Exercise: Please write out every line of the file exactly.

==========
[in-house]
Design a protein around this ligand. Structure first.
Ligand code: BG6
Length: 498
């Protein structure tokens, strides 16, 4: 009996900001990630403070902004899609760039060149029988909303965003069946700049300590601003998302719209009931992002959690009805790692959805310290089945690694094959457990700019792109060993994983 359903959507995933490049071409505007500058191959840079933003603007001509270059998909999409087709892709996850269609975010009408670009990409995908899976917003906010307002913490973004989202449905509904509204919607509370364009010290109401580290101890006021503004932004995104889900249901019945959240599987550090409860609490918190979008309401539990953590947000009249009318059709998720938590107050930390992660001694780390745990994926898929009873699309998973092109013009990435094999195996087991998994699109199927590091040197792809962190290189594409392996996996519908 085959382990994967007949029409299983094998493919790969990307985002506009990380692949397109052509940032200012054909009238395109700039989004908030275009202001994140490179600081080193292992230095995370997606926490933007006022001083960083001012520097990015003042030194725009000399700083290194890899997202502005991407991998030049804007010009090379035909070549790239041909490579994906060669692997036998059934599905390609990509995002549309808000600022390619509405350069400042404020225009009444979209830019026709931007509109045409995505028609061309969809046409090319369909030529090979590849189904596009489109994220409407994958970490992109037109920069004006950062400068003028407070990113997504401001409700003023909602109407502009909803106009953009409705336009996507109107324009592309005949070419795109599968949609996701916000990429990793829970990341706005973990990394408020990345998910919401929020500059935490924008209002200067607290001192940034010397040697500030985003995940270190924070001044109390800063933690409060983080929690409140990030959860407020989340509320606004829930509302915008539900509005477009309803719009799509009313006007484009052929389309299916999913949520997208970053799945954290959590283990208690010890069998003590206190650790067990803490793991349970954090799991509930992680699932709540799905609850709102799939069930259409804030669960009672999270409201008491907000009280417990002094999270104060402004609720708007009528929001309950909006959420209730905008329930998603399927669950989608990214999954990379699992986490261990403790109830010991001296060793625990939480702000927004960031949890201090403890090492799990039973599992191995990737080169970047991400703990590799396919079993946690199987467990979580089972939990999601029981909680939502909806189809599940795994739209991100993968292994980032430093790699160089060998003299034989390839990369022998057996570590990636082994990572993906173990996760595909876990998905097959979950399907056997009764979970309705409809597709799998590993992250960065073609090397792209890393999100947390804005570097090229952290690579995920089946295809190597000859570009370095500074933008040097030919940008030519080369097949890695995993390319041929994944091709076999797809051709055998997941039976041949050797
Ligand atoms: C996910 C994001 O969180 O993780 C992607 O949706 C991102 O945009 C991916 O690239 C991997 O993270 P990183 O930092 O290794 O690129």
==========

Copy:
[in-house]
Design a protein around this ligand. Structure first.
Ligand code: BG6
Length: 498
């Protein structure tokens, strides 16, 4: 009996900001990630403070902004899609760039060149029988909303965003069946700049300590601003998302719209009931992002959690009805790692959805310290089945690694094959457990700019792109060993994983 359903959507995933490049071409505007500058191959840079933003603007001509270059998909999409087709892709996850269609975010009408670009990409995908899976917003906010307002913490973004989202449905509904509204919607509370364009010290109401580290101890006021503004932004995104889900249901019945959240599987550090409860609490918190979008309401539990953590947000009249009318059709998720938590107050930390992660001694780390745990994926898929009873699309998973092109013009990435094999195996087991998994699109199927590091040197792809962190290189594409392996996996519908 085959382990994967007949029409299983094998493919790969990307985002506009990380692949397109052509940032200012054909009238395109700039989004908030275009202001994140490179600081080193292992230095995370997606926490933007006022001083960083001012520097990015003042030194725009000399700083290194890899997202502005991407991998030049804007010009090379035909070549790239041909490579994906060669692997036998059934599905390609990509995002549309808000600022390619509405350069400042404020225009009444979209830019026709931007509109045409995505028609061309969809046409090319369909030529090979590849189904596009489109994220409407994958970490992109037109920069004006950062400068003028407070990113997504401001409700003023909602109407502009909803106009953009409705336009996507109107324009592309005949070419795109599968949609996701916000990429990793829970990341706005973990990394408020990345998910919401929020500059935490924008209002200067607290001192940034010397040697500030985003995940270190924070001044109390800063933690409060983080929690409140990030959860407020989340509320606004829930509302915008539900509005477009309803719009799509009313006007484009052929389309299916999913949520997208970053799945954290959590283990208690010890069998003590206190650790067990803490793991349970954090799991509930992680699932709540799905609850709102799939069930259409804030669960009672999270409201008491907000009280417990002094999270104060402004609720708007009528929001309950909006959420209730905008329930998603399927669950989608990214999954990379699992986490261990403790109830010991001296060793625990939480702000927004960031949890201090403890090492799990039973599992191995990737080169970047991400703990590799396919079993946690199987467990979580089972939990999601029981909680939502909806189809599940795994739209991100993968292994980032430093790699160089060998003299034989390839990369022998057996570590990636082994990572993906173990996760595909876990998905097959979950399907056997009764979970309705409809597709799998590993992250960065073609090397792209890393999100947390804005570097090229952290690579995920089946295809190597000859570009370095500074933008040097030919940008030519080369097949890695995993390319041929994944091709076999797809051709055998997941039976041949050797
Ligand atoms: C996910 C994001 O969180 O993780 C992607 O949706 C991102 O945009 C991916 O690239 C991997 O993270 P990183 O930092 O290794 O690129």